Monday January 11th 6:00 PM Petalumans, Show Up for Bold Climate Action on Monday!
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The Petaluma Climate Action Commission is encouraging the adoption of the 2030 carbon neutrality goal, which is ambitious and based on what the best science tells us is necessary for Petaluma to contribute to mitigating climate change. By showing up to Monday’s meeting, you can help encourage the Petaluma City Council to adopt the Climate Emergency Framework! Please consider sharing a few words to give gratitude for the vital work that the city and the community have done to move The Framework forward. Here are a few important talking points to consider:
- The Framework correctly prioritizes frontline-line communities and sets in place urgent priority action and direction for the City.
- The Framework prioritizes policy and programmatic attention for lower income and communities of color.
- Given the urgent dangers of climate change, the City needs to prepare for known and expected impacts from it.
- This is going to take our whole community. The City will need to engage, educate and partner in order to meet the goals outlined in the framework.
- The recommended Early Actions are critical to the City beginning to act on climate change and should be adopted.
Please, critically, add conservation/ecology (urban conservation) as your top concern! Climate change requires scientific solutions, not social justice. Leading with “frontline communities” is, respectfully, speciesism. Humans are not endangered, whereas 60% of the world’s animals are extinct or endangered in just the last 40 years. Biodiversity is vital to humans’ survival. Urban development is the #1 cause of species loss, including critical pollinators. We are putting our own food security in jeopardy.
We are a river town. The Petaluma River is a major tributary of San Pablo Bay. It is vital that we turn our attentions towards protecting our rare and irreplaceable river ecosystems (e.g., riparian, wetlands, oak savannah), to protect biodiversity/special status species, to ensure the flood storage capacity of the floodplain, healthy river flows, filter contaminants, and protect groundwater recharge (a limited resource in Petaluma). Wetlands hold the GREATEST volume of carbon. This is where the focus in regards to climate change effects needs to be centered. Even China (article below) is limiting human encroachment into ecologically sensitive and vulnerable areas, and is enforcing strict conservation in order to guarantee ecological security.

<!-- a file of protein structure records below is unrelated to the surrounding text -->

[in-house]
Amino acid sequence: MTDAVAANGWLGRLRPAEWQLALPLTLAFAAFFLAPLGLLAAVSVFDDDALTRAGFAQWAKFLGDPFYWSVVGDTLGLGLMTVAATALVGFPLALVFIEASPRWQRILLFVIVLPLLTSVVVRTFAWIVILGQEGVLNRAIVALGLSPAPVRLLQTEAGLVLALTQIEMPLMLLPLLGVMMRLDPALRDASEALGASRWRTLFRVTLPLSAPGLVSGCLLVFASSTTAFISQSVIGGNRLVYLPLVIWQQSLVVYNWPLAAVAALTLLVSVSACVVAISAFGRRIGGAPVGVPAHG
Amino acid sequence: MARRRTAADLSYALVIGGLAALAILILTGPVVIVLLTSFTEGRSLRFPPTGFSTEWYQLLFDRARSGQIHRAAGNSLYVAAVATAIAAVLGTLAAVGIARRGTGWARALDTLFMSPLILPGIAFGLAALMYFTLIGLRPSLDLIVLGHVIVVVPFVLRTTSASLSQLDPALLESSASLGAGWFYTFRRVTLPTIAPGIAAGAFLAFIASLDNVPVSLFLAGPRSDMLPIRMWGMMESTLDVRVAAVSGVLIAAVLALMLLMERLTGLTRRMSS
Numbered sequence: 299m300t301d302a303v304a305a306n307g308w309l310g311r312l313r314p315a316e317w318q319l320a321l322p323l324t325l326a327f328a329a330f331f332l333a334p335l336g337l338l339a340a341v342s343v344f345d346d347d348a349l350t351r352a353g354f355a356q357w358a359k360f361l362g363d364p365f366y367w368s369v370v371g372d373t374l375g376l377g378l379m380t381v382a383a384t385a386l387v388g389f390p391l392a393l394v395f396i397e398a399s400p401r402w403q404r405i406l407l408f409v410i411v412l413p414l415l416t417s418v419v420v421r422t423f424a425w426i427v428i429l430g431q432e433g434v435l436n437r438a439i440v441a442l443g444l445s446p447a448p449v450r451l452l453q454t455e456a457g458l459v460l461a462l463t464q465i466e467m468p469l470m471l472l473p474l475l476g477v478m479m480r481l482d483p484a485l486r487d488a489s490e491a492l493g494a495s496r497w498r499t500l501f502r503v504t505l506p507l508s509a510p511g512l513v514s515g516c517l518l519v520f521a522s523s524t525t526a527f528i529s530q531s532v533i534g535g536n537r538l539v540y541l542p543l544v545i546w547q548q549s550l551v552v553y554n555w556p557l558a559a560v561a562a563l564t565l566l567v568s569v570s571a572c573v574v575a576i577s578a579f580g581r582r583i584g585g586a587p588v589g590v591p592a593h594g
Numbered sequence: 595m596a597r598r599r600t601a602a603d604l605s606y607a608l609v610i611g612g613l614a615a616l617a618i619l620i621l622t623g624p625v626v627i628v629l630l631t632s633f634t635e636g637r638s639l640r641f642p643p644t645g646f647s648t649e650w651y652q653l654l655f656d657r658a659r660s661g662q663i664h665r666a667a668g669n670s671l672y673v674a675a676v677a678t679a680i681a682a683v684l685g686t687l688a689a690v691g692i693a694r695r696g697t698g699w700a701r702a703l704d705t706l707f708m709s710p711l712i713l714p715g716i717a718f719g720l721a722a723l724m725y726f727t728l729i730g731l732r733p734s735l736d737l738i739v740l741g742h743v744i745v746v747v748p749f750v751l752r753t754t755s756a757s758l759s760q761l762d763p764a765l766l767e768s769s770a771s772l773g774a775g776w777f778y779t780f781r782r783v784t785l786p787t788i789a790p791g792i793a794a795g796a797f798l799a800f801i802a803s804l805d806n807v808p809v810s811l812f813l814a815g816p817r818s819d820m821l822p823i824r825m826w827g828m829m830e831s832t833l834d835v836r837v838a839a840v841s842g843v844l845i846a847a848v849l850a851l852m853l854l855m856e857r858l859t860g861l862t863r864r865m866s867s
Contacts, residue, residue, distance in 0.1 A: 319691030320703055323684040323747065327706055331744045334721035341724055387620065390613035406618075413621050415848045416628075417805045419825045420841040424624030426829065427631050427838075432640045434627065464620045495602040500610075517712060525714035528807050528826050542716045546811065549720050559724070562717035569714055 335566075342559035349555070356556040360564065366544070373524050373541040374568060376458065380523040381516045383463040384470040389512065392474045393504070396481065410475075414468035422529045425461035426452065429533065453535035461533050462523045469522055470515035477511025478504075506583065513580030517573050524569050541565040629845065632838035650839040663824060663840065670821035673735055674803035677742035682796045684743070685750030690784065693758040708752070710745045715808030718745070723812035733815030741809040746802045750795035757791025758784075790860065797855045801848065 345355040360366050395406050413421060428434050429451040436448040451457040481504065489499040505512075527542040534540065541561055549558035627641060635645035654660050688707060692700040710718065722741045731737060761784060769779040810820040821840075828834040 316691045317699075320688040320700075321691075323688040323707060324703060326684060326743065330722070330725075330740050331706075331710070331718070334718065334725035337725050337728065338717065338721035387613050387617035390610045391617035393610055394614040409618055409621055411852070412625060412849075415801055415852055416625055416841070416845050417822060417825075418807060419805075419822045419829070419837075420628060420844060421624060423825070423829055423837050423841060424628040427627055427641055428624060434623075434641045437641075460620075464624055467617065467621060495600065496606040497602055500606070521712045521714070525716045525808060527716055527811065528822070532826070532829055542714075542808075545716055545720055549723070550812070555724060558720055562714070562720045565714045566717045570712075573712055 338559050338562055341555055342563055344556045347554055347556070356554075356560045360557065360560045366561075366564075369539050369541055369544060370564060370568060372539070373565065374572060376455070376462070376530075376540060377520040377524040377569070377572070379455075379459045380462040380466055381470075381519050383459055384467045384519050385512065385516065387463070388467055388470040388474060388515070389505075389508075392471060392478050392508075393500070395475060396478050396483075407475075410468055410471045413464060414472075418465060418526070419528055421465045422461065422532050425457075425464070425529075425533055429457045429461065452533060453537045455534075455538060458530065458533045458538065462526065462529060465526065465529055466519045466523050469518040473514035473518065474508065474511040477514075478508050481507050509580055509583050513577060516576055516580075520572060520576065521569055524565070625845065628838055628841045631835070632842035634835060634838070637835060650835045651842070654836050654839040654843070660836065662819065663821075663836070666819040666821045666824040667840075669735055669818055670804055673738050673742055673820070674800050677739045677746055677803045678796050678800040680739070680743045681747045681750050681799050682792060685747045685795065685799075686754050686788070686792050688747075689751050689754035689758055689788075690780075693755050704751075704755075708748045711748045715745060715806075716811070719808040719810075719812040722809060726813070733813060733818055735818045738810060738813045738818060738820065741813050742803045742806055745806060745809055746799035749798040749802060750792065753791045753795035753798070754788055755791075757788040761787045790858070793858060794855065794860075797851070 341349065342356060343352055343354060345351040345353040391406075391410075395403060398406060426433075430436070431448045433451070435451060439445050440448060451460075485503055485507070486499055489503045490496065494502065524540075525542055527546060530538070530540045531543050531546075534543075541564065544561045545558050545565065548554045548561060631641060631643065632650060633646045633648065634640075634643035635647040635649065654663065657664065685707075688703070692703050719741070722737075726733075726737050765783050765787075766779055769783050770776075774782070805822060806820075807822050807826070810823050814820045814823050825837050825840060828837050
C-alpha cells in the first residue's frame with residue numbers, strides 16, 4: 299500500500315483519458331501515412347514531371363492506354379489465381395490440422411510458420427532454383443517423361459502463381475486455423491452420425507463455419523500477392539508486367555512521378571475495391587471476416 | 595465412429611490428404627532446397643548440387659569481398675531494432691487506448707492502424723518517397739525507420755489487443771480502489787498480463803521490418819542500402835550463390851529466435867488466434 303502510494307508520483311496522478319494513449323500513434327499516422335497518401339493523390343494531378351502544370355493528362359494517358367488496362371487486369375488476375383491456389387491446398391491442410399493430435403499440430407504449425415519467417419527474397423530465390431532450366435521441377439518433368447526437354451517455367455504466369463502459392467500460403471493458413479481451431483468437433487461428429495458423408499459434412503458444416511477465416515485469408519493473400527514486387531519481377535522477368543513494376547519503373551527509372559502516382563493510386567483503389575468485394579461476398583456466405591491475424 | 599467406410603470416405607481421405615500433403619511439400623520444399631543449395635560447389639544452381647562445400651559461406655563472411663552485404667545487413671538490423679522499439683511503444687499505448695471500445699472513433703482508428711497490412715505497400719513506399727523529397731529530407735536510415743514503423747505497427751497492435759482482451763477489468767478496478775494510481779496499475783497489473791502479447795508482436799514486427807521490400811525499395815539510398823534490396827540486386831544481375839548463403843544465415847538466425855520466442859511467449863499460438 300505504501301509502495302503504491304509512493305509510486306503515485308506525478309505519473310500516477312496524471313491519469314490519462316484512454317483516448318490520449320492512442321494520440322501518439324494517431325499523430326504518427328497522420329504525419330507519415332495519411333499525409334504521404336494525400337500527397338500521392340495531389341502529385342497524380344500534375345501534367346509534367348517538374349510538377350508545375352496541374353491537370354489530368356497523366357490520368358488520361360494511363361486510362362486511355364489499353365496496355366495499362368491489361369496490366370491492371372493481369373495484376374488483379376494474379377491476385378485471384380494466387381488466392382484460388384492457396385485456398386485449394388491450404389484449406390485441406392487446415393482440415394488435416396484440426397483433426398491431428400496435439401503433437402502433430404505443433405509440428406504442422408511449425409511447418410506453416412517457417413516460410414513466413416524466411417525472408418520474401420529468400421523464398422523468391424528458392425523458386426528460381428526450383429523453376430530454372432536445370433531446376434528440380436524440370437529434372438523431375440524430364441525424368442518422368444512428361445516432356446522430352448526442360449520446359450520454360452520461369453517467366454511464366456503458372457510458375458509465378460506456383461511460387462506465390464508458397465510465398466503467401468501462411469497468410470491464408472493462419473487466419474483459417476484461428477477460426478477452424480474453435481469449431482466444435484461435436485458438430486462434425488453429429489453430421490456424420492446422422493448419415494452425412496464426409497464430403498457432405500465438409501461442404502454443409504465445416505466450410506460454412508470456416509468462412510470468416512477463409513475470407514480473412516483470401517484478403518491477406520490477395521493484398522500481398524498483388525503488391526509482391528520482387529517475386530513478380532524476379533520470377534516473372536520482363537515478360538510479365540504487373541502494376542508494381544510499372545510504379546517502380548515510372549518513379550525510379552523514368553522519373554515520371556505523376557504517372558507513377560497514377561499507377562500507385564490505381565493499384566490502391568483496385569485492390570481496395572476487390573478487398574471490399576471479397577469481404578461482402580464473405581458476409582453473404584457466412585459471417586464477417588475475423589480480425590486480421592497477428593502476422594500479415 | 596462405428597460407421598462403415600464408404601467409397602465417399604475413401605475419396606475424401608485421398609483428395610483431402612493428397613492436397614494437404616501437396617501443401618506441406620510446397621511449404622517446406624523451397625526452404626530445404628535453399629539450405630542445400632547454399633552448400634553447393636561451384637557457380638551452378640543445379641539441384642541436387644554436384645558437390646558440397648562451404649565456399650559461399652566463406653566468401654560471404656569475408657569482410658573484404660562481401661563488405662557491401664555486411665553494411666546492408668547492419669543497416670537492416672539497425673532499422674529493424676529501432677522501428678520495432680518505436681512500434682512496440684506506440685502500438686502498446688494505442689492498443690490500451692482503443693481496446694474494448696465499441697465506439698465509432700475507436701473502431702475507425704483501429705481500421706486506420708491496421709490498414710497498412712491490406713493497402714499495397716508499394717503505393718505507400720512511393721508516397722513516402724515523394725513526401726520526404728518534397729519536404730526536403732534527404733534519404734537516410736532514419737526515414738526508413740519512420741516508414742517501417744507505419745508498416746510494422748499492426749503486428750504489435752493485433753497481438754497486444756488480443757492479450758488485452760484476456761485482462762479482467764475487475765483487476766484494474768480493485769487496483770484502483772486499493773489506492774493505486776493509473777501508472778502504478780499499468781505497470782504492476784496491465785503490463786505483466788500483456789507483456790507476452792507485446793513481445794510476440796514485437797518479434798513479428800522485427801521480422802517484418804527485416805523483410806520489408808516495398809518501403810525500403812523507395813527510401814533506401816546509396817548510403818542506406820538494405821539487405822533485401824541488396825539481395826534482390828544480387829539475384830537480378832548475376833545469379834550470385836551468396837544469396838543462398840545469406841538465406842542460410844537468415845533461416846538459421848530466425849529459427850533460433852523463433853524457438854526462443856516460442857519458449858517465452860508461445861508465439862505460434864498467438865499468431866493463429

This framework document should include, at a minimum, a “rights of nature” clause. That our ecosystems, including trees, animals, rivers, have rights. For indigenous cultures, recognizing the rights of nature is simply what is, and consistent with their traditions of living in harmony with nature. We are unique in that we have a major policy document, the Petaluma River & Enhancement Plan, funded by a grant from the CA Coastal Conservancy and vetted by 25 environmental agencies and organizations, that lays out how unique our river is, and that its ecosystems need to be protected. This major policy document is rarely consulted or adhered to and I see no mention of it here in this climate framework.
The climate framework must lead with carbon sequestration. To achieve that, yes we need better vehicle emission standards and to shift towards electric vehicles. That said, every top environmental organization has made the point that reducing vehicle emissions will not achieve the results that are needed to meet climate change goals. What IS needed are Nature-Based Climate Solutions. They are in fact one of the most cost effective assets in the fight against climate change.
The Nat’l Academy of Sciences published a recent study that shows nature conservation can provide 1/3 of the emission reductions needed. Protecting our river wetlands from paving/development accomplishes 2 critical goals: it allows for vital carbon storage, and allows for people and wildlife to adapt to changing conditions. Were we to create climate smart parks the length of our river corridor, we could provide a reprieve for inner-city folk that might otherwise be subject to the heat island effect, and time spent outside under shade trees, means our reliance on electric/gas cooling systems are lessened. Restoring our degraded river lands and enhancing our existing natural ecosystems can help absorb CO2 generated from other sectors, and especially building and construction, which are considerable.